Top news of the day from across the health care landscape.
Despite the release of lifesaving drugs that cure the hepatitis C virus (HCV), new cases continue to spike due to heroin use and other injection drugs, according to US health officials. A newly released CDC report shows that the national rate of HCV infection in 2015 was 0.8 per 100,000 persons with nearly 34,000 new cases. The CDC conducted a state-by-state analysis of reported HCV cases, and reviewed laws related to clean needle programs, according to the New York Times. The analysis showed that HCV rates exceeded the national average in 17 states. Furthermore, only Massachusetts, New Mexico, and Washington had in place a comprehensive set of laws and a permissive Medicaid treatment policy to provide services for injection drug users that prevent the spread of HCV. There were 24 states with policies in place that required a certain period of sobriety before receiving HCV treatment through Medicaid, the NY Times reported. There were 18 states that had no needle exchange programs, but Maine, Nevada, and Utah have the most comprehensive laws pertaining to prevention, such as syringe exchange programs with no sobriety limitations.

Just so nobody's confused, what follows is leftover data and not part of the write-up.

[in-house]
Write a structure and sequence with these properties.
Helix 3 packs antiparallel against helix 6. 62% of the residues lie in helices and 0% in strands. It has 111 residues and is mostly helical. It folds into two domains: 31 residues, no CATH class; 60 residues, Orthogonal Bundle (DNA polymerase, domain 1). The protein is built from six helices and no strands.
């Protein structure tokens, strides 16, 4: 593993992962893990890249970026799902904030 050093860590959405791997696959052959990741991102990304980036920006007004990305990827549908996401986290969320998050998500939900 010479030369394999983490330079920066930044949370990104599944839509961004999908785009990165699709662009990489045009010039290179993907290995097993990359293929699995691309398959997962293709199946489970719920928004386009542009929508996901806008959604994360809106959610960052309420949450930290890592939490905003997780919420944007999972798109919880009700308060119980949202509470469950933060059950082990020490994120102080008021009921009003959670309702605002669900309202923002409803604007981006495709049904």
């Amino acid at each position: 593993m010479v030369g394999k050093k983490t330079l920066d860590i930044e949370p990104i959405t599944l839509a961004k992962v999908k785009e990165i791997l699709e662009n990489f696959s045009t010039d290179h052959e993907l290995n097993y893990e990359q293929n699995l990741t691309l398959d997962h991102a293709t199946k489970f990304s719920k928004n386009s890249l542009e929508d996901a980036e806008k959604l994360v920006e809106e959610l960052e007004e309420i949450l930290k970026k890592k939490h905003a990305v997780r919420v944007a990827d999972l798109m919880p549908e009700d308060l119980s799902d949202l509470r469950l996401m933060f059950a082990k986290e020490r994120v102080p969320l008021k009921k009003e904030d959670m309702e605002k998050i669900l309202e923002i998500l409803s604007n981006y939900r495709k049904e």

After 18 months, Brazil has declared an end to its Zika public health emergency, according to The Washington Post. In response to the 2015 Zika virus outbreak, Brazil’s Health Ministry created a mosquito-eradication campaign that helped dramatically reduce cases. From January through mid-April this year, there were 95% fewer cases than during the same period last year, the Post reported. Furthermore, there was also a decrease in the incidence of microcephaly, a defect that causes babies to be born with smaller than average skulls. Although the public emergency has been lifted, officials warn that fighting the disease is still an ongoing challenge. “The end of the emergency doesn’t mean the end of surveillance or assistance [to affected families],” said Adeilson Cavalcante, secretary for health surveillance, Health Ministry, as reported by the Post. “The Health Ministry and other organizations involved in this area will maintain a policy of fighting Zika, dengue, and chikungunya.”
A Delaware judge has denied Anthem’s request of a 60-day preliminary injunction that would block Cigna Corp from terminating a proposed merger deal between the health insurance giants, according to The Washington Post. Last month, a federal appeals court upheld the decision to block Anthem’s bid to buy Cigna, citing that it would not be better for consumers. Anthem was seeking more time for approval of the merger while it pursued an appeal in the Supreme Court.